We could see the reaction in the tearful faces of several of the jurors. It was a reaction of horror, silently screaming “what the hell are you doing to this guy?” Moreover, you can see the reaction in the faces of several of the U.S. Marshalls in the courtroom. At least one of them later joined us at some of the rallies held outside of the Federal Building.

That moment, the moment Judge Julius Hoffman lost his mind, was the moment the government started losing its case.

But as you can see from our current dilemmas, the government did not learn. Sociopathic megalomaniacs running and ruining the lives of common folk for the benefit of the few on top is nothing new, and the government will continue to do just that as long as they can.

Then, as now, the people’s constitutional right to protest was not recognized by the government. The only rights you have are the rights you successfully exercise, and if you do not stand up for those rights you have none at all. Remember that the next time a woman dies from a back alley abortion.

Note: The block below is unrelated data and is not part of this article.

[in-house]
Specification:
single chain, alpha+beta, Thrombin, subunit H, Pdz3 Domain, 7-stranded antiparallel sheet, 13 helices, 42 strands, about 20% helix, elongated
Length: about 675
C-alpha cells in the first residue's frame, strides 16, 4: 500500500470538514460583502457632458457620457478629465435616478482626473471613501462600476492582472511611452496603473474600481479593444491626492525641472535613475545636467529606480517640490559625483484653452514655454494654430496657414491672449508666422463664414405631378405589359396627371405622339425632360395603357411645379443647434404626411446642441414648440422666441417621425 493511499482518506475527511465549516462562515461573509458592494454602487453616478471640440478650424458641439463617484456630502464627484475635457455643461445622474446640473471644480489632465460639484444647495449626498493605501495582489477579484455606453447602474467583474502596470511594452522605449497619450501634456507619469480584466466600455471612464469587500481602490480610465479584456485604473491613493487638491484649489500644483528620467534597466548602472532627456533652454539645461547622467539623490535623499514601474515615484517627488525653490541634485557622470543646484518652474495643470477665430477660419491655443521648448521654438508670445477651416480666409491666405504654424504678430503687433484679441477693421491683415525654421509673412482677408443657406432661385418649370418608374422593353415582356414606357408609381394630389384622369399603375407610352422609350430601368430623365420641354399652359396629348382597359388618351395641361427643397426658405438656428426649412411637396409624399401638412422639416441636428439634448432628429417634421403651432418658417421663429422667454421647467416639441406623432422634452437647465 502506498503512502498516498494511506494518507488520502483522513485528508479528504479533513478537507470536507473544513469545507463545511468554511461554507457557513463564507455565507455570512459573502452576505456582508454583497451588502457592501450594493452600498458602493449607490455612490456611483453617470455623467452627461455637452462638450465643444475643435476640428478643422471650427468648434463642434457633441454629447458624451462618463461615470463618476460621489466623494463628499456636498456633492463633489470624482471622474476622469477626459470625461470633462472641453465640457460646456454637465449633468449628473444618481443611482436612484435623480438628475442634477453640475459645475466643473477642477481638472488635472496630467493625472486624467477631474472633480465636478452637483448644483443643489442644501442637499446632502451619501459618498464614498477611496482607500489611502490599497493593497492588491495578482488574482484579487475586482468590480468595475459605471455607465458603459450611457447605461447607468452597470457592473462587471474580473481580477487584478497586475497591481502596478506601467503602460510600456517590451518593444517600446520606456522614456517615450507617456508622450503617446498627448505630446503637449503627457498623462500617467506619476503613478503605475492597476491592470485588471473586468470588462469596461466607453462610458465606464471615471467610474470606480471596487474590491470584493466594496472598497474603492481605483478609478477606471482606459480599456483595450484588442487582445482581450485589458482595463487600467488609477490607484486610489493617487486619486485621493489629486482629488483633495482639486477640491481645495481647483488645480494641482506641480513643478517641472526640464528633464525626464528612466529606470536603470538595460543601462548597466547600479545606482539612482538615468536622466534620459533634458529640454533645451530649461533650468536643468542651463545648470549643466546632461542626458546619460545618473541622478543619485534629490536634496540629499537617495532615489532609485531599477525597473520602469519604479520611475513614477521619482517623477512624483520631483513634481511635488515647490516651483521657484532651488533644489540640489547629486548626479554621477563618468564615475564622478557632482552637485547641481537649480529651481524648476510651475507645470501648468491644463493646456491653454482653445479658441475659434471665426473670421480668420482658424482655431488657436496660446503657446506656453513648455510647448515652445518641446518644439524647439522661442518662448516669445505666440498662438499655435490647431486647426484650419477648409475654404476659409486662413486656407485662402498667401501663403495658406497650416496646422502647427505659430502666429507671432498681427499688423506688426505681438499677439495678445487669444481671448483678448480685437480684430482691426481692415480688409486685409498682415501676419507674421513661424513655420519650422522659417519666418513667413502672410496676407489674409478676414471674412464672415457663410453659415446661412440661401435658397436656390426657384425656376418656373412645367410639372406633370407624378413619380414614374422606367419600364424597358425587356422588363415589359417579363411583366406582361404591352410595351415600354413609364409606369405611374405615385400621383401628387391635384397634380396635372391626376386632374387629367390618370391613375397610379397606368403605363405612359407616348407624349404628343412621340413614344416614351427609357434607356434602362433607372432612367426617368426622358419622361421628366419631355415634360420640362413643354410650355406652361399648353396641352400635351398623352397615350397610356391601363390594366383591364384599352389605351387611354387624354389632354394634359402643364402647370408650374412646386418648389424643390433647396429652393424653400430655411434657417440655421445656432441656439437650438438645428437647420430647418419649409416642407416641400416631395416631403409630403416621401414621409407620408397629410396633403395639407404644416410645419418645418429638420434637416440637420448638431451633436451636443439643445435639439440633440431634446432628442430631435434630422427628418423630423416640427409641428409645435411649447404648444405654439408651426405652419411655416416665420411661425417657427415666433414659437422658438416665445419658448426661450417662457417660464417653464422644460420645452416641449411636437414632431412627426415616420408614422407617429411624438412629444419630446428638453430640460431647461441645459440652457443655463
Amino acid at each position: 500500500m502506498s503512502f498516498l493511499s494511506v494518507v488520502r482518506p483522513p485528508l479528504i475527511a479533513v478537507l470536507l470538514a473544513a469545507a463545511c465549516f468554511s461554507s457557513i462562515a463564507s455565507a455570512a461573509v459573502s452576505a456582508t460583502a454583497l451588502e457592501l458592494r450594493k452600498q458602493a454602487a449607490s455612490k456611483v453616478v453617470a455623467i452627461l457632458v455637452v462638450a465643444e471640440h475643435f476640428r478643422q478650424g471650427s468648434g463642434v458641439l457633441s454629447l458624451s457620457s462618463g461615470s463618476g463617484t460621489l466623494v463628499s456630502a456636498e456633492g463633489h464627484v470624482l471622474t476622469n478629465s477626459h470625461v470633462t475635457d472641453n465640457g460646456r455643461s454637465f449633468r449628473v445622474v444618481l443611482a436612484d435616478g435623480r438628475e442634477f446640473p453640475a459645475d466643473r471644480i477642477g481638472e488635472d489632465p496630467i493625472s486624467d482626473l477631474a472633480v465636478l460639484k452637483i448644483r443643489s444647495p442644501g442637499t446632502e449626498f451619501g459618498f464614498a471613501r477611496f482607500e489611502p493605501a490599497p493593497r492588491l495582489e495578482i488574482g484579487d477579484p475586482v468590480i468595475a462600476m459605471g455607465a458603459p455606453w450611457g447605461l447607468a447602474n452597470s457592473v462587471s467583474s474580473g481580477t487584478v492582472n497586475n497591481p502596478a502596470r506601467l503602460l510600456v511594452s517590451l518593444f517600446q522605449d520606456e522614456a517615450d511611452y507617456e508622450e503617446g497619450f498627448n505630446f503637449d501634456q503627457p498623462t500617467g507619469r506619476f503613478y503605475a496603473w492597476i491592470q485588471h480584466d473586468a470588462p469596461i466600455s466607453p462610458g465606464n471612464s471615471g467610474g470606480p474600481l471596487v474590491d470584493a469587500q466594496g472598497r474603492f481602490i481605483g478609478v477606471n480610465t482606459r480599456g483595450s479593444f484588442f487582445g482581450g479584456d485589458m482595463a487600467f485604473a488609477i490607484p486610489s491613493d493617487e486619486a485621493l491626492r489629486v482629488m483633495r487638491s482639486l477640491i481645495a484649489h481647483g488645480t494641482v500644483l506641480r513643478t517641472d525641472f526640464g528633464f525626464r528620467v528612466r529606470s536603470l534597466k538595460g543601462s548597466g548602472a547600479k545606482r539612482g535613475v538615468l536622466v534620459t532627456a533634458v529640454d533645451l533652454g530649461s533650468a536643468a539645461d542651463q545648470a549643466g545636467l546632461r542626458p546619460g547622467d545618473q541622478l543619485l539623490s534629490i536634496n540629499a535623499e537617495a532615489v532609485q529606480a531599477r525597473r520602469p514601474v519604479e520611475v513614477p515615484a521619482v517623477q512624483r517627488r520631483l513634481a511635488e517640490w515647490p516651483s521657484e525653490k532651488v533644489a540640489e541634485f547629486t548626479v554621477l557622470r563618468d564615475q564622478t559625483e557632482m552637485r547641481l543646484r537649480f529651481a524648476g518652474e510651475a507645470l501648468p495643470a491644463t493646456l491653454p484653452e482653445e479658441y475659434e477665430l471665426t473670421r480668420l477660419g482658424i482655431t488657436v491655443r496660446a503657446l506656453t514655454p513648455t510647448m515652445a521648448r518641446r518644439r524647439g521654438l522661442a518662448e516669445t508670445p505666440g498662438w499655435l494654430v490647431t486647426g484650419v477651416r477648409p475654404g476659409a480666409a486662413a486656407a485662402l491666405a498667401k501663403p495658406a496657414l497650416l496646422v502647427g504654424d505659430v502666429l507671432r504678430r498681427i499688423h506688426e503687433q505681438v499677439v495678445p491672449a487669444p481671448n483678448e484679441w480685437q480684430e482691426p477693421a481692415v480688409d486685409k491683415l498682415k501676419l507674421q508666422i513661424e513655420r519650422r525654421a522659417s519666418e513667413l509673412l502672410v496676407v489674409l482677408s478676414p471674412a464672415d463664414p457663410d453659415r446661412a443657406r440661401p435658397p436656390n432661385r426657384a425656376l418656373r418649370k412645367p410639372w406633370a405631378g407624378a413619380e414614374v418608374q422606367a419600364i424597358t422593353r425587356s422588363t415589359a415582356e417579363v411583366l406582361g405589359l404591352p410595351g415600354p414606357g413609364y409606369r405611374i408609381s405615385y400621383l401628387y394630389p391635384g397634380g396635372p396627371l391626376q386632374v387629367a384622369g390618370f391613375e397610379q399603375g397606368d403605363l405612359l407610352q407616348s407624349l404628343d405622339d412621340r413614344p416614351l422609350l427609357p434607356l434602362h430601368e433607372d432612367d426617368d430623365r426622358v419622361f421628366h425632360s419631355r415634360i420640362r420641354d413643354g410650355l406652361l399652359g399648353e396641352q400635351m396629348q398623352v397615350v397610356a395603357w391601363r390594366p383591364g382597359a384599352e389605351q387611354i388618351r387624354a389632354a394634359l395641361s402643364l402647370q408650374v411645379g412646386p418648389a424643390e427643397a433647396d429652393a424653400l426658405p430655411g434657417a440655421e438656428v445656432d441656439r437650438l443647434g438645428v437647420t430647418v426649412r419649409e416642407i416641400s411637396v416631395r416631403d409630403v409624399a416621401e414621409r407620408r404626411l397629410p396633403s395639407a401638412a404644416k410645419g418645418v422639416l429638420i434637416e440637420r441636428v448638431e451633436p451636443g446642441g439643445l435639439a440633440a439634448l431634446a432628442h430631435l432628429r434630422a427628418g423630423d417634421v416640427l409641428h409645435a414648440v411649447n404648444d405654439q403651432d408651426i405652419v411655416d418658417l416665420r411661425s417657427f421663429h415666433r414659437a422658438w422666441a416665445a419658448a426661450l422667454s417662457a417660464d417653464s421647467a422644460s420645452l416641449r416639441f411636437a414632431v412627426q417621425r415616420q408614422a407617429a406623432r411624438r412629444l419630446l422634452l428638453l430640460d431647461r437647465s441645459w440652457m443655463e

Remember that as you stand in line to vote.

Weird Scenes Inside the Gold Mind  #110: Conspiracy? 2 Years In 2 Hours…

Weird Scenes Inside the Gold Mind #110: Conspiracy? 2 Years In 2 Hours…

Part One!

Over the past week or so, I’ve been inundated with emails, texts, Facebook messages, and the like asking for my reaction to Aaron Sorkin’s movie The Trial of the Chicago 7. It’s nice to get that attention, but I have yet to comment in public. Well, Weird Scenes Inside The Gold Mind allows me the opportunity to prattle to my friends without having to engage in redundant or even repetitive keyboard tapping.

For those who came in late, the Conspiracy trial (a.k.a. the Chicago 8 trial, a.k.a. the Chicago 7 trial) was a heavy-handed attempt by President Richard Nixon and Chicago Mayor Richard J. Daley in 1969 to intimidate, incarcerate, and obliviate the still-surging protest movement which, at that time, mostly was focused on opposition to the Vietnam War and on civil rights.